Imagine this: You’re flying on a plane and mid-flight there’s an announcement made that the current pilot is going to be switched out with a new pilot. Terrifying? Maybe just a bit. As consultants, we are frequently brought in to lead large programs that are already in flight.
This typically means we are tasked with bringing a struggling program back to green, or driving it to completion. Keeping emotional intelligence at the forefront, and leading the program judiciously and empathetically can obtain the desired results while fostering a teaming environment.
The Importance of Emotional Intelligence
Taking over the responsibilities of a program from the previous manager is always an interesting and delicate task. You quickly need to bring yourself up to speed, engage the team, learn the ins and outs of a new program and potentially a new technology.
Successfully leading a program with emotional intelligence can be difficult as the tendency is to utilize a heavy hand, by driving and controlling the team, to get results. This works in some cases but depending on the teams’ experience up to that point and their styles, whether they are analytical, amiable, expressive or drivers, it may have the opposite effect.
Keeping emotional intelligence at the forefront, and leading the program judiciously and empathetically can obtain the desired results while fostering a teaming environment.
Where to Start
My priority coming into a new program is to establish relationships and a team-oriented environment. Get to know your team—what drives them? How has their experience to date been on the program? Typically, the most important question to answer is what the team and individuals need to be successful.
Over my career, I have focused on the following aspects when joining an in-flight program to help lead judiciously and empathetically:
Avoid the “Heavy Hand” – As mentioned earlier, many people don’t respond well to being told what to do. Where appropriate, empower your team to make decisions and give them a safe space to learn and grow. Some individuals will need to be directed, sometimes firmly, but you can still hold them accountable without disrespecting them or killing their sprit in the process. In turn, they will be willing to work hard for you to accomplish the common goal you have set.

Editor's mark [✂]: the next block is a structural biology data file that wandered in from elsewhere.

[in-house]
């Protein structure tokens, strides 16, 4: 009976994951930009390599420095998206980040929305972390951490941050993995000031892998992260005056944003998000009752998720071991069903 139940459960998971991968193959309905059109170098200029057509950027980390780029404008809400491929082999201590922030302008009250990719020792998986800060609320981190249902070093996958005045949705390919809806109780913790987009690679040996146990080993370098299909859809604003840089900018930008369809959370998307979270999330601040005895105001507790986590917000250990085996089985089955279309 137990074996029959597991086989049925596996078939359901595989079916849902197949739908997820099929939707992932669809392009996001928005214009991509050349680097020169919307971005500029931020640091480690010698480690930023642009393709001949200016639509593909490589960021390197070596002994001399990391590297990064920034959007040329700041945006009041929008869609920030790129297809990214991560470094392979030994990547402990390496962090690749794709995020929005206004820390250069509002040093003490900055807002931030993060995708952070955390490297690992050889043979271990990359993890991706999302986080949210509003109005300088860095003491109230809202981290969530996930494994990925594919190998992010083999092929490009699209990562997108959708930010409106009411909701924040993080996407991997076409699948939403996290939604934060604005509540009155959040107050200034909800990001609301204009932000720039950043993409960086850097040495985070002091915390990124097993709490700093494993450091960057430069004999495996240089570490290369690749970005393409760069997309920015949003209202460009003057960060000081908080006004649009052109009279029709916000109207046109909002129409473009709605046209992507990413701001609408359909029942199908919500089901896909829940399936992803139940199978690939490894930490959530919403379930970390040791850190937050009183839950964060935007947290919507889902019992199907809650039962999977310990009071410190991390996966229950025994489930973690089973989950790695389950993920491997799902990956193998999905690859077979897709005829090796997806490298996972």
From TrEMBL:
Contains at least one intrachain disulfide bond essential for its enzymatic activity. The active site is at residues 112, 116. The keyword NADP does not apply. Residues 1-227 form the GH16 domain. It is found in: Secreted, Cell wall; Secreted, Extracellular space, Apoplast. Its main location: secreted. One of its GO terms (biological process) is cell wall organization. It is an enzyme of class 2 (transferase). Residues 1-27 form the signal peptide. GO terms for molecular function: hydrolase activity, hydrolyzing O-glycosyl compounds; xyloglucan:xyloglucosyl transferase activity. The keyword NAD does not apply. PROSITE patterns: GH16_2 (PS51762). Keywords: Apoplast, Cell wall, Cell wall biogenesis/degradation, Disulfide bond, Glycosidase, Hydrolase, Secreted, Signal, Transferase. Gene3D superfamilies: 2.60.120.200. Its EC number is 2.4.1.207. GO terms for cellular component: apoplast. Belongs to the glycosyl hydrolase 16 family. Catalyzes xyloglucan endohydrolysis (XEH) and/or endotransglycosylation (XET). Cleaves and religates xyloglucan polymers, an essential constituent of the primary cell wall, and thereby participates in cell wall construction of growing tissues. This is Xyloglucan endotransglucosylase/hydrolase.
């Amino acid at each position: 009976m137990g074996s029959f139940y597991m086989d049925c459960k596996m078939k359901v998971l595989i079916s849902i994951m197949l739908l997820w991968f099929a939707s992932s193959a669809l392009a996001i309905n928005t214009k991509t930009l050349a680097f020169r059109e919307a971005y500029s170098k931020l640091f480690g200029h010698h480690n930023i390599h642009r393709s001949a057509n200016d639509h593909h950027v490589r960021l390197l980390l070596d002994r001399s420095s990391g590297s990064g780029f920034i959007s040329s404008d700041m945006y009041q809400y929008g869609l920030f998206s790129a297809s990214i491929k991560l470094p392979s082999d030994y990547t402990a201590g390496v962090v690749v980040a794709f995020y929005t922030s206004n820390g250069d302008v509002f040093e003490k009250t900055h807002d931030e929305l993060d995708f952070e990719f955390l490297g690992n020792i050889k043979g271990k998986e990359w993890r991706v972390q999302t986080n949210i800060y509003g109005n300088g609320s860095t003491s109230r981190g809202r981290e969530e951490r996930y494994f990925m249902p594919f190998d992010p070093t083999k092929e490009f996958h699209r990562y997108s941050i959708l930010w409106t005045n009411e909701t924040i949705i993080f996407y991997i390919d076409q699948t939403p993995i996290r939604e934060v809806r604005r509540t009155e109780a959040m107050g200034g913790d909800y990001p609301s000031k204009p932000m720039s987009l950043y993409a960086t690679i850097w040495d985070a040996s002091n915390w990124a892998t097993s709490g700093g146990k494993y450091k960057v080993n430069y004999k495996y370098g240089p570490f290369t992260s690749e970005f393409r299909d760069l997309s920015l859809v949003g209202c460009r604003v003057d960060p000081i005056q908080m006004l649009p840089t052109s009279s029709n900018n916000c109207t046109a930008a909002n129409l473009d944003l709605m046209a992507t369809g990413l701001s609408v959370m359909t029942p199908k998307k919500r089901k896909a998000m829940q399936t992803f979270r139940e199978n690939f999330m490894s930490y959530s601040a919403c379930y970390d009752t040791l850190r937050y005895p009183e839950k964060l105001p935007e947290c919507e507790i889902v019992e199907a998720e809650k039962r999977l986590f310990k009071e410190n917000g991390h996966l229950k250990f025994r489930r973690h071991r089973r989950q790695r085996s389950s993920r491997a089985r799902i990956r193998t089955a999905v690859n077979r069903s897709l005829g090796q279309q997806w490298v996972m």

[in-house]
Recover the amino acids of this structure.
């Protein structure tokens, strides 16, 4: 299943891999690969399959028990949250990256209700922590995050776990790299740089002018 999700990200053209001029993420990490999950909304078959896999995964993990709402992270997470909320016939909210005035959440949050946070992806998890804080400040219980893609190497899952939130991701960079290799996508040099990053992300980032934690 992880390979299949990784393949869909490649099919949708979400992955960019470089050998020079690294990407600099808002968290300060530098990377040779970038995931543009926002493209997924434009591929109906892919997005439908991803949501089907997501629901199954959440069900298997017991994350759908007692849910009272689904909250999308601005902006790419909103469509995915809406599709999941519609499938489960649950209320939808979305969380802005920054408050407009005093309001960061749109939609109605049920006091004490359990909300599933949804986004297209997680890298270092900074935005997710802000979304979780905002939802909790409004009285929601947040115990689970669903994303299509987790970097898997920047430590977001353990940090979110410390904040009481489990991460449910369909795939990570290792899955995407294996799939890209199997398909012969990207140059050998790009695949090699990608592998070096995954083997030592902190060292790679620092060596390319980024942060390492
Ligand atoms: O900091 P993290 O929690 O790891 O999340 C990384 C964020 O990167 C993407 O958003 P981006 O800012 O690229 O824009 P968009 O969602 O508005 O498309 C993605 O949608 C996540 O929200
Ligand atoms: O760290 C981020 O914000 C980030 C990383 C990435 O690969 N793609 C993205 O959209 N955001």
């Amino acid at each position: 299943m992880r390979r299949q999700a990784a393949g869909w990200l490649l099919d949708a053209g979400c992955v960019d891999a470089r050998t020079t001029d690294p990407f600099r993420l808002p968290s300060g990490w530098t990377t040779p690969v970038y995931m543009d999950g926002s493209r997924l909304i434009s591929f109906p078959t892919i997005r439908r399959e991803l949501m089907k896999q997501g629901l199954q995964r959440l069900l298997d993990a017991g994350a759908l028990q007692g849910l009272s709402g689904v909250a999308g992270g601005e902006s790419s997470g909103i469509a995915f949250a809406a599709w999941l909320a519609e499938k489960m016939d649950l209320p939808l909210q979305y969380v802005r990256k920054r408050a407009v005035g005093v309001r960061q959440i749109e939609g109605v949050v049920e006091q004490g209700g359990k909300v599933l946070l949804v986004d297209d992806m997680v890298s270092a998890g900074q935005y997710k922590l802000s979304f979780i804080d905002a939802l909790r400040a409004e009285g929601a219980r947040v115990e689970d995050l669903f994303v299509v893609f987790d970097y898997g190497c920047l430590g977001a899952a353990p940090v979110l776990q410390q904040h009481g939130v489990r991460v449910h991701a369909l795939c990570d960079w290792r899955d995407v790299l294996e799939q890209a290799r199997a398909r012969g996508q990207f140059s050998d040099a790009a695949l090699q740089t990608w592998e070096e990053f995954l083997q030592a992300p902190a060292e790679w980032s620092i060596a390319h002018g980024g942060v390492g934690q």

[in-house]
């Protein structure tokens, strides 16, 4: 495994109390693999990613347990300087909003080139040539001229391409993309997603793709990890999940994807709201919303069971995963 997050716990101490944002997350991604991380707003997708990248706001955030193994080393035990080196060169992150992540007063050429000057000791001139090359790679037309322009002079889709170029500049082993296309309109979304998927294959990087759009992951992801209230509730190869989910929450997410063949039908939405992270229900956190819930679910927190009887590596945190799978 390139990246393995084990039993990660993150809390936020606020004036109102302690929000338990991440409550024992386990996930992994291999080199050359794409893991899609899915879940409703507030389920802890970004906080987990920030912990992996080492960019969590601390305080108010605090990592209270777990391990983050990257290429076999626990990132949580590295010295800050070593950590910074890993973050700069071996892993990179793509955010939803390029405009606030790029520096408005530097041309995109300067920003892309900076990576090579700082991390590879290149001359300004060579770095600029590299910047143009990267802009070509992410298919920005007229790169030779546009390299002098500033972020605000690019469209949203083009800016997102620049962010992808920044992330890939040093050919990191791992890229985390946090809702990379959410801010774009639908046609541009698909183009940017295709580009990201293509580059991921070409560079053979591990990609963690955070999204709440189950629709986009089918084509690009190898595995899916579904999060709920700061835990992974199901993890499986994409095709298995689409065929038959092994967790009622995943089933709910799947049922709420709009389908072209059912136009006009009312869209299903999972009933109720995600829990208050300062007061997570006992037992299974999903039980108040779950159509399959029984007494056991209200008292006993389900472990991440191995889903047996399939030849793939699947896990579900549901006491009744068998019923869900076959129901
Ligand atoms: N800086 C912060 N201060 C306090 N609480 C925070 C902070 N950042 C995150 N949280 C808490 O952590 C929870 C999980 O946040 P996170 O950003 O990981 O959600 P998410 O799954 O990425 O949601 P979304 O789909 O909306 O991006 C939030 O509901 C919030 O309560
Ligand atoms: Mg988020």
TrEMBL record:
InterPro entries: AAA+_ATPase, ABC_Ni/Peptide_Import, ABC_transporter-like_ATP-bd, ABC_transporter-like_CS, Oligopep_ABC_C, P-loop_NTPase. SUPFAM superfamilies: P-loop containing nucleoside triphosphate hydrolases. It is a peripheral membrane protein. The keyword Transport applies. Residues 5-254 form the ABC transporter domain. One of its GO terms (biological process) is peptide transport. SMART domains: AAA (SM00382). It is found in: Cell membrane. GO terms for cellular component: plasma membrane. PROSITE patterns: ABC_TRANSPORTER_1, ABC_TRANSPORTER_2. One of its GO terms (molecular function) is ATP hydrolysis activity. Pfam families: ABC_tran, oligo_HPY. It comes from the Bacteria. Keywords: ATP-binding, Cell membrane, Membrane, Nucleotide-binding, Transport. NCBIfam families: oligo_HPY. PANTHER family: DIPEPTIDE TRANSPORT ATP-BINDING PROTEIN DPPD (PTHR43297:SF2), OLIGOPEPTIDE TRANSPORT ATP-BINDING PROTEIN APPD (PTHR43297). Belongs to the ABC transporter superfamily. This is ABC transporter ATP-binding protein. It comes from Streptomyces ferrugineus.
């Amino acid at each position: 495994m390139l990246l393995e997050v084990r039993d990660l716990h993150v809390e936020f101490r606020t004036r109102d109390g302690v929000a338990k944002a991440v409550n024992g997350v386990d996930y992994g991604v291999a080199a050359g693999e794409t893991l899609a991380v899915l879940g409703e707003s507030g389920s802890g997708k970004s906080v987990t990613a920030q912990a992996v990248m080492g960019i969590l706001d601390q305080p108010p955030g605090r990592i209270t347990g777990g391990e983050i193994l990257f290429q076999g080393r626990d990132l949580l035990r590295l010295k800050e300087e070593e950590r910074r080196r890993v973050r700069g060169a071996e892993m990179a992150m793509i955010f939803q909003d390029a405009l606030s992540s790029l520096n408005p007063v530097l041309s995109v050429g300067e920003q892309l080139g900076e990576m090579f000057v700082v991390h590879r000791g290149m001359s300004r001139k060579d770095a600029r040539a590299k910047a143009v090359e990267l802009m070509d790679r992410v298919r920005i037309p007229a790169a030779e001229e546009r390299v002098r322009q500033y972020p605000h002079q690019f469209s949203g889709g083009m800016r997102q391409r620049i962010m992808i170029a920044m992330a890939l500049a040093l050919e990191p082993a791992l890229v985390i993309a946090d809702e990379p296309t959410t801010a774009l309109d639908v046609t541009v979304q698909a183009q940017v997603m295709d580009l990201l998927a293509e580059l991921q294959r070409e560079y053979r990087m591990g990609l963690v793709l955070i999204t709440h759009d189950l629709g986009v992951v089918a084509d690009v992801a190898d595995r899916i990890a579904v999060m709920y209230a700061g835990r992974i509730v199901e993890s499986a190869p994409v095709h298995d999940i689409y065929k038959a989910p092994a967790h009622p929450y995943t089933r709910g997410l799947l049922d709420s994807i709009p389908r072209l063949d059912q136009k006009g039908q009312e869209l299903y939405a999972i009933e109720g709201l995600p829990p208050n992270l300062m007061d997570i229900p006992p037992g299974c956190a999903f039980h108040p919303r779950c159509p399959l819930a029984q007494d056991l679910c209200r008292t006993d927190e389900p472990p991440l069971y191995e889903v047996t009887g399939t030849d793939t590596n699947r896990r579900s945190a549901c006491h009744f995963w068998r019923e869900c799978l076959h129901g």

Minimize the Blame Game – It’s far easier to point fingers when an issue occurs, especially when you are working with multiple vendors, than to set a one team mentality. Removing the finger pointing can allow the team to focus on what’s important and take the corrective action necessary to ensure it doesn’t happen again. In some situations, this can be a very powerful tool. Unfortunately, this approach will not lend itself well to all situations and keeping the pressure on is necessary to ensure a successful program.
Manage the Stress – Large programs are stressful—there are a million things to accomplish and tight deadlines, that no matter how well-planned, always seem to come up too quickly. Today’s environment heavily relies on remote teams across different time zones. Always remember that the resources you are dealing with day in and day out are people too. Things are happening in their lives that you may never know of but try to keep things in perspective and ensure you lead with the necessary empathy.
Be Involved – Program managers typically engage at a high-level. It’s what we are taught to do and necessary to ensure large efforts get completed on time. Don’t be afraid to get into the weeds from time to time to experience what your project managers and team members are going through, but remember you don’t want to live there! I joined a program that frequently had late-night cutovers that would go on for hours. Wanting to see how one went, I joined the meeting for support and stayed up with the project manager who was driving the cutover. As 3:00 AM approached, you could tell the team was starting to go stir-crazy, but we pushed through. To this day, we still joke about my first cutover and whether I was awake the entire time.
Much like having your pilot switched out mid-flight can be terrifying, joining a program mid-flight can be terrifying for yourself, client and team. There’s nothing better than wrapping up a program knowing that you led with empathy and compassion, yet still completed it successfully.